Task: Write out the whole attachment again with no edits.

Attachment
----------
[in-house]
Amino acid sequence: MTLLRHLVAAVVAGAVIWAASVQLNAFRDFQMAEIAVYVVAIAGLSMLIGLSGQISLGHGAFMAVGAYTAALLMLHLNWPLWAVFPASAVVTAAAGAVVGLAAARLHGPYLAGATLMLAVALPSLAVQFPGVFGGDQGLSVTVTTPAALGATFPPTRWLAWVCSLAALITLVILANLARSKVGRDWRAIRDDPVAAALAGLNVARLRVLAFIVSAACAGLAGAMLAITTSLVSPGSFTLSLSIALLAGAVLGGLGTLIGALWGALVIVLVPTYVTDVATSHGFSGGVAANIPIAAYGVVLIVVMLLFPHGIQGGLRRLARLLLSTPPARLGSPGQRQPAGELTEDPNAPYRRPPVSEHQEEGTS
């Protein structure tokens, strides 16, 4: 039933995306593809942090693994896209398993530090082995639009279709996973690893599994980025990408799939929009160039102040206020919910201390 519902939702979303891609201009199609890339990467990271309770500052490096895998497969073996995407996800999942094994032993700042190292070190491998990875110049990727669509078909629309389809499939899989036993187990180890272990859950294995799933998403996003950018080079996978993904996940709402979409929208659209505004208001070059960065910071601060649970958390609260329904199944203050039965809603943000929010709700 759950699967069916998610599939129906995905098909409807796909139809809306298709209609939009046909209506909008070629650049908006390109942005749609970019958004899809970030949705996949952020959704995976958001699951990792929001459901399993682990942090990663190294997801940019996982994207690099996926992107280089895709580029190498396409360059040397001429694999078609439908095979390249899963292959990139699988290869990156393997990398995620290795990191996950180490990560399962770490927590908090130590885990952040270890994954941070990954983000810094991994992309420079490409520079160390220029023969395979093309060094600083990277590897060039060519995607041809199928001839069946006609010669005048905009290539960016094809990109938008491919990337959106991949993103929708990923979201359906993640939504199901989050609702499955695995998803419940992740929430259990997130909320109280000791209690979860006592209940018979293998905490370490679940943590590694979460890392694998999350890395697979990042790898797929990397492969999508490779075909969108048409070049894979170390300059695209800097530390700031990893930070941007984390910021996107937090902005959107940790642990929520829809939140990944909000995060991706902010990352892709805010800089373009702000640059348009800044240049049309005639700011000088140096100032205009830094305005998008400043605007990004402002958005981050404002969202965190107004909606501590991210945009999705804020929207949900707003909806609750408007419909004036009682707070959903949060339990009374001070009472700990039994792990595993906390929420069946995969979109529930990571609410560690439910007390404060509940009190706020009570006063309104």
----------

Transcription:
[in-house]
Amino acid sequence: MTLLRHLVAAVVAGAVIWAASVQLNAFRDFQMAEIAVYVVAIAGLSMLIGLSGQISLGHGAFMAVGAYTAALLMLHLNWPLWAVFPASAVVTAAAGAVVGLAAARLHGPYLAGATLMLAVALPSLAVQFPGVFGGDQGLSVTVTTPAALGATFPPTRWLAWVCSLAALITLVILANLARSKVGRDWRAIRDDPVAAALAGLNVARLRVLAFIVSAACAGLAGAMLAITTSLVSPGSFTLSLSIALLAGAVLGGLGTLIGALWGALVIVLVPTYVTDVATSHGFSGGVAANIPIAAYGVVLIVVMLLFPHGIQGGLRRLARLLLSTPPARLGSPGQRQPAGELTEDPNAPYRRPPVSEHQEEGTS
């Protein structure tokens, strides 16, 4: 039933995306593809942090693994896209398993530090082995639009279709996973690893599994980025990408799939929009160039102040206020919910201390 519902939702979303891609201009199609890339990467990271309770500052490096895998497969073996995407996800999942094994032993700042190292070190491998990875110049990727669509078909629309389809499939899989036993187990180890272990859950294995799933998403996003950018080079996978993904996940709402979409929208659209505004208001070059960065910071601060649970958390609260329904199944203050039965809603943000929010709700 759950699967069916998610599939129906995905098909409807796909139809809306298709209609939009046909209506909008070629650049908006390109942005749609970019958004899809970030949705996949952020959704995976958001699951990792929001459901399993682990942090990663190294997801940019996982994207690099996926992107280089895709580029190498396409360059040397001429694999078609439908095979390249899963292959990139699988290869990156393997990398995620290795990191996950180490990560399962770490927590908090130590885990952040270890994954941070990954983000810094991994992309420079490409520079160390220029023969395979093309060094600083990277590897060039060519995607041809199928001839069946006609010669005048905009290539960016094809990109938008491919990337959106991949993103929708990923979201359906993640939504199901989050609702499955695995998803419940992740929430259990997130909320109280000791209690979860006592209940018979293998905490370490679940943590590694979460890392694998999350890395697979990042790898797929990397492969999508490779075909969108048409070049894979170390300059695209800097530390700031990893930070941007984390910021996107937090902005959107940790642990929520829809939140990944909000995060991706902010990352892709805010800089373009702000640059348009800044240049049309005639700011000088140096100032205009830094305005998008400043605007990004402002958005981050404002969202965190107004909606501590991210945009999705804020929207949900707003909806609750408007419909004036009682707070959903949060339990009374001070009472700990039994792990595993906390929420069946995969979109529930990571609410560690439910007390404060509940009190706020009570006063309104």